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As U.S. departs Syria, Kurds join Assad regime to fight a NATO ally

In the days since the announced withdrawal of U.S. troops from northern Syria, the country’s map is being redrawn. Both Turkey and the Russia-backed Syrian regime made territorial advances, and U.S.-partner Syrian Democratic Forces turned to Damascus for support. As a result, an estimated 130,000 civilians have fled their homes, and imprisoned ISIS fighters have escaped. Nick Schifrin reports.

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  • Judy Woodruff:

    The battlefield in northern Syria has grown wider and increasingly complicated and more dangerous.

    The Kurds, once aligned with the U.S., are now fighting with Syrian government troops against invading Turkish forces.

    As foreign affairs correspondent Nick Schifrin reports, President Trump's withdrawal of U.S. troops from the region is leading to more change than the area has seen in years. And a warning: Some viewers may find some of the images in this piece disturbing.

  • Nick Schifrin:

    On state TV, the Syrian flag flies over an important northern Syrian city, after Syrian troops overnight recaptured this territory for the first time in more than five years.

    Meanwhile, in another important Syrian town, Turkish troops and Turkish-backed rebels advanced. Both cities had been held by U.S.-backed Kurdish partners. But in just a few days, the map of northern Syria is being redrawn.

    Just last week, the U.S.-backed majority Kurdish Syrian Democratic Forces, in yellow, controlled a large area along the Syrian-Turkish border. Now Turkey, in green, is moving south across the border, and the Syrian regime, in red, backed by Russia, is taking back territory.

    For Turkey, the goal is to remove Kurdish forces it considers terrorists and establish a buffer zone along the border. It's an operation Turkey long threatened, but avoided so long as U.S. troops remained in northern Syria, partnered with those Kurdish forces to defeat ISIS.

    But those U.S. troops are now withdrawing, giving Turkey a window to launch an offensive that Defense Secretary Mark Esper called inevitable.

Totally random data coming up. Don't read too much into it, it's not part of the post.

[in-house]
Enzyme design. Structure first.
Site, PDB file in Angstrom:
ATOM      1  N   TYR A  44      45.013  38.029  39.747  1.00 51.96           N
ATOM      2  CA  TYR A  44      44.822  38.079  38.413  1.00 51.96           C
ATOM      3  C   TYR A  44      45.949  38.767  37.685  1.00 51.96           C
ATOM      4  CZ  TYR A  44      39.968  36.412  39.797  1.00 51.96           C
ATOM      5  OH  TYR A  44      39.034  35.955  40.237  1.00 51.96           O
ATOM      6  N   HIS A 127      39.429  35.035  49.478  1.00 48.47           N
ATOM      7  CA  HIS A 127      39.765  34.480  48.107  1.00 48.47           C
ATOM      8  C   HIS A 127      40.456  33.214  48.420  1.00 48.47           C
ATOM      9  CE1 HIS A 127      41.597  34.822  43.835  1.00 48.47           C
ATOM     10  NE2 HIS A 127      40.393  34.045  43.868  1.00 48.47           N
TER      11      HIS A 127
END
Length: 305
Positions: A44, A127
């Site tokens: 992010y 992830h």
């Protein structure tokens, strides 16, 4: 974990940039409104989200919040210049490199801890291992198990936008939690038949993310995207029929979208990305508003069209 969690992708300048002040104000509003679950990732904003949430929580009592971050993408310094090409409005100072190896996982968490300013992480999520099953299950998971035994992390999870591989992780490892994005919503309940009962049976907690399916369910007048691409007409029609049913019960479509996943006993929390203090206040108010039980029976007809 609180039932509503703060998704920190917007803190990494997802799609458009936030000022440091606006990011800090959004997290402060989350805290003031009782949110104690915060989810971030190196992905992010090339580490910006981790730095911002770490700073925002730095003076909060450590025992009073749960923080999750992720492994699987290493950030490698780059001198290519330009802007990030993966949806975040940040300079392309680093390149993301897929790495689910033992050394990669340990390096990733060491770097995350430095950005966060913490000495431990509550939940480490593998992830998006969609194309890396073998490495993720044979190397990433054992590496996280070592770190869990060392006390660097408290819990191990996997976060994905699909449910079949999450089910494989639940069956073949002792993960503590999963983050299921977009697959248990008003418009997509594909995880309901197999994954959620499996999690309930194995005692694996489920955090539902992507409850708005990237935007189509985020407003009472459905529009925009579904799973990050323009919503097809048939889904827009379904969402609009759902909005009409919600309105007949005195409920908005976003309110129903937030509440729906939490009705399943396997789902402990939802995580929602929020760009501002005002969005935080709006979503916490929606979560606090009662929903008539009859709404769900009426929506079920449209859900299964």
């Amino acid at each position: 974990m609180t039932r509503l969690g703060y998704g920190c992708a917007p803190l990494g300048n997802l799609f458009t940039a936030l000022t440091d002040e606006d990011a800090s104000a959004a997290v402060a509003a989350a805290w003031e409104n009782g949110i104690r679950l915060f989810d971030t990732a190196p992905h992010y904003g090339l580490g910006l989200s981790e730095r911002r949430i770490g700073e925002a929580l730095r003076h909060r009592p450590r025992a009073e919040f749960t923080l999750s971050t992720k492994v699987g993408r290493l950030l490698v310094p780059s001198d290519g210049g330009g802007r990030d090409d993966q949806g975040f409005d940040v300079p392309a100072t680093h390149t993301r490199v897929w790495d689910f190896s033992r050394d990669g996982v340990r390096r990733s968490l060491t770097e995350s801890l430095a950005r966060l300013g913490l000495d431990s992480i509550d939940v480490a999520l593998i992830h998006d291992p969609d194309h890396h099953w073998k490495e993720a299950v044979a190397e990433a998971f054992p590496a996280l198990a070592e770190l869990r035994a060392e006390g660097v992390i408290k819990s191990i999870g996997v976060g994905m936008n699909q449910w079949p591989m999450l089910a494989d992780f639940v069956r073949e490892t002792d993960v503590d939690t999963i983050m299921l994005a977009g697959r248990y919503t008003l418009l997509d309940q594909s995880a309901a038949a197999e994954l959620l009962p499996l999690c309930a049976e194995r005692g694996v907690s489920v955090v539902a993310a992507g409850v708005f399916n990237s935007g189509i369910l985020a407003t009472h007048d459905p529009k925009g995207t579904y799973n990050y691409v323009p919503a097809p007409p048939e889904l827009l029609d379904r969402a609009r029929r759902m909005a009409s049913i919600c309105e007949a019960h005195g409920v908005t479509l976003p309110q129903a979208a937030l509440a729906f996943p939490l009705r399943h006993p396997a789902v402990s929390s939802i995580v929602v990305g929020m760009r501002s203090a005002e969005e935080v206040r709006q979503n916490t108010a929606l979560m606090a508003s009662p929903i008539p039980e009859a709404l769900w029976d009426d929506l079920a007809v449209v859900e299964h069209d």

• Mark Esper:

    We didn't want to get involved in a conflict that dates back nearly 200 years between the Turks and the Kurds and get involved in another — yet another war in the Middle East.

  • Nick Schifrin:

    But the U.S. was already in the middle of the war, and, by leaving, the carnage came quickly.

    This weekend, videos posted on social media showed Turkish-backed militias killing Kurdish prisoners on the streets. And residents injured by the Turkish assault ended up in the back of pickup trucks.

    Washington asserts Turkey will not go unchecked. In a statement this afternoon, President Trump increased tariffs on Turkey, called Turkey's actions setting conditions for possible war crimes, and threatened to swiftly destroy Turkey's economy if Turkey's operation continued.

    But just hours before that announcement, Turkish President Recep Tayyip Erdogan doubled down.

  • President Recep Tayyip Erdogan (through translator):

    Regardless of the threats and pressures, we are determined to continue the operation until the end. I am stating clearly, we will absolutely finish the job we started.

  • Nick Schifrin:

    For Turkey's Kurdish targets, they felt they had no choice but to embrace the Syrian regime and invite Syrian troops to provide the protection once promised by the U.S.

  • Man (through translator):

    We came here to face the Turkish attack and to ensure the safety of families from the random Turkish shelling.

  • Nick Schifrin:

    The U.S. military fears that shelling could allow ISIS to resurge. Over the weekend ISIS-affiliated prisoners escaped.

    The alarm is being sounded loudest by countries hit hardest by Islamic State terrorism.

    German Foreign Minister Heiko Maas spoke today in Europe.

  • Heiko Maas (through translator):

    We are also fearing, and we are seeing it already, that this is leading to a strengthening of ISIS, which we absolutely must prevent.

  • Nick Schifrin:

    Caught in the crossfire are Syrian civilians. The U.N. says 130,000 have fled their homes in what local Kurdish authorities call a humanitarian disaster.

  • Woman (through translator):

    I have four children, two girls and two boys. Where should I go? I'm so tired. I left the house a week ago. Where should I go now?

  • Nick Schifrin:

    And it's not clear where the future of Northeast Syria goes now either.

    For the "PBS NewsHour," I'm Nick Schifrin.

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